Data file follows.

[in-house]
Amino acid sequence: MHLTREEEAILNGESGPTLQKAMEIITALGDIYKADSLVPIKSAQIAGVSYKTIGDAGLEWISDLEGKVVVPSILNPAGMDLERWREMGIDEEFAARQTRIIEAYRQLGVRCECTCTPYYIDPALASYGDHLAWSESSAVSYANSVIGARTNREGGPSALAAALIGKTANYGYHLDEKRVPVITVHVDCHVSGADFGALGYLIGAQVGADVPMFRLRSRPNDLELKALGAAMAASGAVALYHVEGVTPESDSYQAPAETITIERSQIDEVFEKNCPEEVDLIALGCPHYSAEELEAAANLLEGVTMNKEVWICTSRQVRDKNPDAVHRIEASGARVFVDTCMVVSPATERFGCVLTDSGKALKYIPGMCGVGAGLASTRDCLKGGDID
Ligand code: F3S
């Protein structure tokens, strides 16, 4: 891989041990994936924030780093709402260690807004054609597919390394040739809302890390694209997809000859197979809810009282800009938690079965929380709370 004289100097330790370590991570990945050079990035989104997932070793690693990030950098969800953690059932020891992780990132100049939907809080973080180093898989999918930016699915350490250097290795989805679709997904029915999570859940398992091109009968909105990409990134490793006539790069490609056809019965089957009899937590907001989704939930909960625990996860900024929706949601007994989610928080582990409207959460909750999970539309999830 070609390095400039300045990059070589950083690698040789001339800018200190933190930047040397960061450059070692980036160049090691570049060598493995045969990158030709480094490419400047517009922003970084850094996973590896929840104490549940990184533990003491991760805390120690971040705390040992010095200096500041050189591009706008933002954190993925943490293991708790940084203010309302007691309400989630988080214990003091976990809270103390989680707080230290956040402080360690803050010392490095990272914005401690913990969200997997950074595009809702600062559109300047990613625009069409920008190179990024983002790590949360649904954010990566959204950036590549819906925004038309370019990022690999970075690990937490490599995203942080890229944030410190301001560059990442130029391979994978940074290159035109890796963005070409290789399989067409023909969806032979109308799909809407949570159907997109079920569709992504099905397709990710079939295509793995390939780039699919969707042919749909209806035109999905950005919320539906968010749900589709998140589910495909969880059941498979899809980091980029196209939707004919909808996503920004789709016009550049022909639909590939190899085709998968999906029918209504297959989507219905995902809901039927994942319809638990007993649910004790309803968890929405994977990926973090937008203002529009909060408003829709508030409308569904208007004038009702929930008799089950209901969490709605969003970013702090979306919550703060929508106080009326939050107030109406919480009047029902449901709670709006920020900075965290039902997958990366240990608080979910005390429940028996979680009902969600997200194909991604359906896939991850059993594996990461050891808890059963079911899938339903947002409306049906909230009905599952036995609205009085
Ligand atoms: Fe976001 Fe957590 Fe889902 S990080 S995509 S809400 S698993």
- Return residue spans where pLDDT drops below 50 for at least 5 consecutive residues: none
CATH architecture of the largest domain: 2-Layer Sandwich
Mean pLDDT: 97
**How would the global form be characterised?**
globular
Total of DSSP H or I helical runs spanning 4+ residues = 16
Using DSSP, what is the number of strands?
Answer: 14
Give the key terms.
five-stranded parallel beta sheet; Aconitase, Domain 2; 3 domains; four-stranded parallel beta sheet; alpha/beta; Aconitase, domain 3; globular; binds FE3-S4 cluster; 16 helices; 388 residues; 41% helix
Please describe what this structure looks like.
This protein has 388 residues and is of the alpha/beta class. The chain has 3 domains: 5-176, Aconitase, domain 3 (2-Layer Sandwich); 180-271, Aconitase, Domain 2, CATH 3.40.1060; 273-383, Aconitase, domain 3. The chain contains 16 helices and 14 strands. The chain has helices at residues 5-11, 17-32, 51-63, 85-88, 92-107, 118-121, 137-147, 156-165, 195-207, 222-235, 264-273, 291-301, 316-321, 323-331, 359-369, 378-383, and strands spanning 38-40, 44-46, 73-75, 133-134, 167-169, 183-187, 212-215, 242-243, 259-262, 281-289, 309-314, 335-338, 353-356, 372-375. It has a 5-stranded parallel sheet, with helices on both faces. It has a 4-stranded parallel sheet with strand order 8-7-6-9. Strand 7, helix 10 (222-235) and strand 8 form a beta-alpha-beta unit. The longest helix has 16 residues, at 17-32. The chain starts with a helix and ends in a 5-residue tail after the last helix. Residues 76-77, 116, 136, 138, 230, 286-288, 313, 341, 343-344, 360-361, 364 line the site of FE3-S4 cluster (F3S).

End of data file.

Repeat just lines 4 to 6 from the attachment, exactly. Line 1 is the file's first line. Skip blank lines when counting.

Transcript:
């Protein structure tokens, strides 16, 4: 891989041990994936924030780093709402260690807004054609597919390394040739809302890390694209997809000859197979809810009282800009938690079965929380709370 004289100097330790370590991570990945050079990035989104997932070793690693990030950098969800953690059932020891992780990132100049939907809080973080180093898989999918930016699915350490250097290795989805679709997904029915999570859940398992091109009968909105990409990134490793006539790069490609056809019965089957009899937590907001989704939930909960625990996860900024929706949601007994989610928080582990409207959460909750999970539309999830 070609390095400039300045990059070589950083690698040789001339800018200190933190930047040397960061450059070692980036160049090691570049060598493995045969990158030709480094490419400047517009922003970084850094996973590896929840104490549940990184533990003491991760805390120690971040705390040992010095200096500041050189591009706008933002954190993925943490293991708790940084203010309302007691309400989630988080214990003091976990809270103390989680707080230290956040402080360690803050010392490095990272914005401690913990969200997997950074595009809702600062559109300047990613625009069409920008190179990024983002790590949360649904954010990566959204950036590549819906925004038309370019990022690999970075690990937490490599995203942080890229944030410190301001560059990442130029391979994978940074290159035109890796963005070409290789399989067409023909969806032979109308799909809407949570159907997109079920569709992504099905397709990710079939295509793995390939780039699919969707042919749909209806035109999905950005919320539906968010749900589709998140589910495909969880059941498979899809980091980029196209939707004919909808996503920004789709016009550049022909639909590939190899085709998968999906029918209504297959989507219905995902809901039927994942319809638990007993649910004790309803968890929405994977990926973090937008203002529009909060408003829709508030409308569904208007004038009702929930008799089950209901969490709605969003970013702090979306919550703060929508106080009326939050107030109406919480009047029902449901709670709006920020900075965290039902997958990366240990608080979910005390429940028996979680009902969600997200194909991604359906896939991850059993594996990461050891808890059963079911899938339903947002409306049906909230009905599952036995609205009085
Ligand atoms: Fe976001 Fe957590 Fe889902 S990080 S995509 S809400 S698993």
- Return residue spans where pLDDT drops below 50 for at least 5 consecutive residues: none